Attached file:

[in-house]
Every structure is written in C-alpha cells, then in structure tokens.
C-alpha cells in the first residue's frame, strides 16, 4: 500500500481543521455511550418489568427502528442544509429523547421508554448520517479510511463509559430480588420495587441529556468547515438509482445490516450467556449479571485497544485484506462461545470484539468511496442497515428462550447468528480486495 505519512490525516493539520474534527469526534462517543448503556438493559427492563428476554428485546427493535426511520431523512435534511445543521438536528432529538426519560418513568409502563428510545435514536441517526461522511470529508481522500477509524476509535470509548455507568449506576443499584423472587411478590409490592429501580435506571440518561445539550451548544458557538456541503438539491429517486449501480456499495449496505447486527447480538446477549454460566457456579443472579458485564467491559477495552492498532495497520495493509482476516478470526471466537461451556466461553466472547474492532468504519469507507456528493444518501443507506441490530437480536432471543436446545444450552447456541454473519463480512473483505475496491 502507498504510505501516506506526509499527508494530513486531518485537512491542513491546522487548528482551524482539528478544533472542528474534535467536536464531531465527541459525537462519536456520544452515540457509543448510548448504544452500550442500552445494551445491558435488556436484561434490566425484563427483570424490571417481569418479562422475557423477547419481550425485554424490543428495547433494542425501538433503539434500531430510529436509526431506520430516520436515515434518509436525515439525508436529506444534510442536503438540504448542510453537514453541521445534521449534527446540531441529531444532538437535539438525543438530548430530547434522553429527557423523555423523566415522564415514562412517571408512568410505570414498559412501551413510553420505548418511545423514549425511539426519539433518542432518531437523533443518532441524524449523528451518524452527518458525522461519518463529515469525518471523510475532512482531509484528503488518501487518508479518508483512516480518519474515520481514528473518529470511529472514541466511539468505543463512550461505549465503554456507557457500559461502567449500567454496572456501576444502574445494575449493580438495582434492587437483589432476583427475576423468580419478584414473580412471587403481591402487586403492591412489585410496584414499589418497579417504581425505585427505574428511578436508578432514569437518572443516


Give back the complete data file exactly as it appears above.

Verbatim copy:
[in-house]
Every structure is written in C-alpha cells, then in structure tokens.
C-alpha cells in the first residue's frame, strides 16, 4: 500500500481543521455511550418489568427502528442544509429523547421508554448520517479510511463509559430480588420495587441529556468547515438509482445490516450467556449479571485497544485484506462461545470484539468511496442497515428462550447468528480486495 505519512490525516493539520474534527469526534462517543448503556438493559427492563428476554428485546427493535426511520431523512435534511445543521438536528432529538426519560418513568409502563428510545435514536441517526461522511470529508481522500477509524476509535470509548455507568449506576443499584423472587411478590409490592429501580435506571440518561445539550451548544458557538456541503438539491429517486449501480456499495449496505447486527447480538446477549454460566457456579443472579458485564467491559477495552492498532495497520495493509482476516478470526471466537461451556466461553466472547474492532468504519469507507456528493444518501443507506441490530437480536432471543436446545444450552447456541454473519463480512473483505475496491 502507498504510505501516506506526509499527508494530513486531518485537512491542513491546522487548528482551524482539528478544533472542528474534535467536536464531531465527541459525537462519536456520544452515540457509543448510548448504544452500550442500552445494551445491558435488556436484561434490566425484563427483570424490571417481569418479562422475557423477547419481550425485554424490543428495547433494542425501538433503539434500531430510529436509526431506520430516520436515515434518509436525515439525508436529506444534510442536503438540504448542510453537514453541521445534521449534527446540531441529531444532538437535539438525543438530548430530547434522553429527557423523555423523566415522564415514562412517571408512568410505570414498559412501551413510553420505548418511545423514549425511539426519539433518542432518531437523533443518532441524524449523528451518524452527518458525522461519518463529515469525518471523510475532512482531509484528503488518501487518508479518508483512516480518519474515520481514528473518529470511529472514541466511539468505543463512550461505549465503554456507557457500559461502567449500567454496572456501576444502574445494575449493580438495582434492587437483589432476583427475576423468580419478584414473580412471587403481591402487586403492591412489585410496584414499589418497579417504581425505585427505574428511578436508578432514569437518572443516